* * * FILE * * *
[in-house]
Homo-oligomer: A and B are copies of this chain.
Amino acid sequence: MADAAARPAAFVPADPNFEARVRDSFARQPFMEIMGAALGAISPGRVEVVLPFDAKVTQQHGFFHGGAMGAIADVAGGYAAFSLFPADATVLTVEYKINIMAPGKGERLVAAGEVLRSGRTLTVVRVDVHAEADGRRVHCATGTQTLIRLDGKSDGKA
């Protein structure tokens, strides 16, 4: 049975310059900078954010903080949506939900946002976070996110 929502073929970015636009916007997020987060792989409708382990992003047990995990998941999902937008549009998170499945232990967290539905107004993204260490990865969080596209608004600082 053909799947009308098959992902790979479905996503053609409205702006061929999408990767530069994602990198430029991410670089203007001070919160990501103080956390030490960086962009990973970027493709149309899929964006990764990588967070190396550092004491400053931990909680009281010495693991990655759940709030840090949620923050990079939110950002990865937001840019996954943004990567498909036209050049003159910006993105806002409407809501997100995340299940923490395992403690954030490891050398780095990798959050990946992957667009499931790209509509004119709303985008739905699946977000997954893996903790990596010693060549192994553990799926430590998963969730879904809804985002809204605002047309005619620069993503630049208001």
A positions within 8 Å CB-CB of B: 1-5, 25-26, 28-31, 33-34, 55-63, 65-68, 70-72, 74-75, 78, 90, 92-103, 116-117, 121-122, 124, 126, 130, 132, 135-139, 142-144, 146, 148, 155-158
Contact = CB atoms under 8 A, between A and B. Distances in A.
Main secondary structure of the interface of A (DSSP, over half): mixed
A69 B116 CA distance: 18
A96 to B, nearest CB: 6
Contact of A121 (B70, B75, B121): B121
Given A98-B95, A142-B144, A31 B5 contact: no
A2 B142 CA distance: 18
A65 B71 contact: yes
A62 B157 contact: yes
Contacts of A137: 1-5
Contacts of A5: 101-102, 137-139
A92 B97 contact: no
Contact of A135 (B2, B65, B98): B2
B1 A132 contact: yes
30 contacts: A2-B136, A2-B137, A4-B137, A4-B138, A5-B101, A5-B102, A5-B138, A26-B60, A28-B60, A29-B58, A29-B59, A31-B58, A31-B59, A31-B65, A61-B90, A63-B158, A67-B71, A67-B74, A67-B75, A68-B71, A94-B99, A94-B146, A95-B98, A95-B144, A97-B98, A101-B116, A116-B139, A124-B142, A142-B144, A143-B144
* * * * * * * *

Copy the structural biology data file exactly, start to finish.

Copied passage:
[in-house]
Homo-oligomer: A and B are copies of this chain.
Amino acid sequence: MADAAARPAAFVPADPNFEARVRDSFARQPFMEIMGAALGAISPGRVEVVLPFDAKVTQQHGFFHGGAMGAIADVAGGYAAFSLFPADATVLTVEYKINIMAPGKGERLVAAGEVLRSGRTLTVVRVDVHAEADGRRVHCATGTQTLIRLDGKSDGKA
């Protein structure tokens, strides 16, 4: 049975310059900078954010903080949506939900946002976070996110 929502073929970015636009916007997020987060792989409708382990992003047990995990998941999902937008549009998170499945232990967290539905107004993204260490990865969080596209608004600082 053909799947009308098959992902790979479905996503053609409205702006061929999408990767530069994602990198430029991410670089203007001070919160990501103080956390030490960086962009990973970027493709149309899929964006990764990588967070190396550092004491400053931990909680009281010495693991990655759940709030840090949620923050990079939110950002990865937001840019996954943004990567498909036209050049003159910006993105806002409407809501997100995340299940923490395992403690954030490891050398780095990798959050990946992957667009499931790209509509004119709303985008739905699946977000997954893996903790990596010693060549192994553990799926430590998963969730879904809804985002809204605002047309005619620069993503630049208001």
A positions within 8 Å CB-CB of B: 1-5, 25-26, 28-31, 33-34, 55-63, 65-68, 70-72, 74-75, 78, 90, 92-103, 116-117, 121-122, 124, 126, 130, 132, 135-139, 142-144, 146, 148, 155-158
Contact = CB atoms under 8 A, between A and B. Distances in A.
Main secondary structure of the interface of A (DSSP, over half): mixed
A69 B116 CA distance: 18
A96 to B, nearest CB: 6
Contact of A121 (B70, B75, B121): B121
Given A98-B95, A142-B144, A31 B5 contact: no
A2 B142 CA distance: 18
A65 B71 contact: yes
A62 B157 contact: yes
Contacts of A137: 1-5
Contacts of A5: 101-102, 137-139
A92 B97 contact: no
Contact of A135 (B2, B65, B98): B2
B1 A132 contact: yes
30 contacts: A2-B136, A2-B137, A4-B137, A4-B138, A5-B101, A5-B102, A5-B138, A26-B60, A28-B60, A29-B58, A29-B59, A31-B58, A31-B59, A31-B65, A61-B90, A63-B158, A67-B71, A67-B74, A67-B75, A68-B71, A94-B99, A94-B146, A95-B98, A95-B144, A97-B98, A101-B116, A116-B139, A124-B142, A142-B144, A143-B144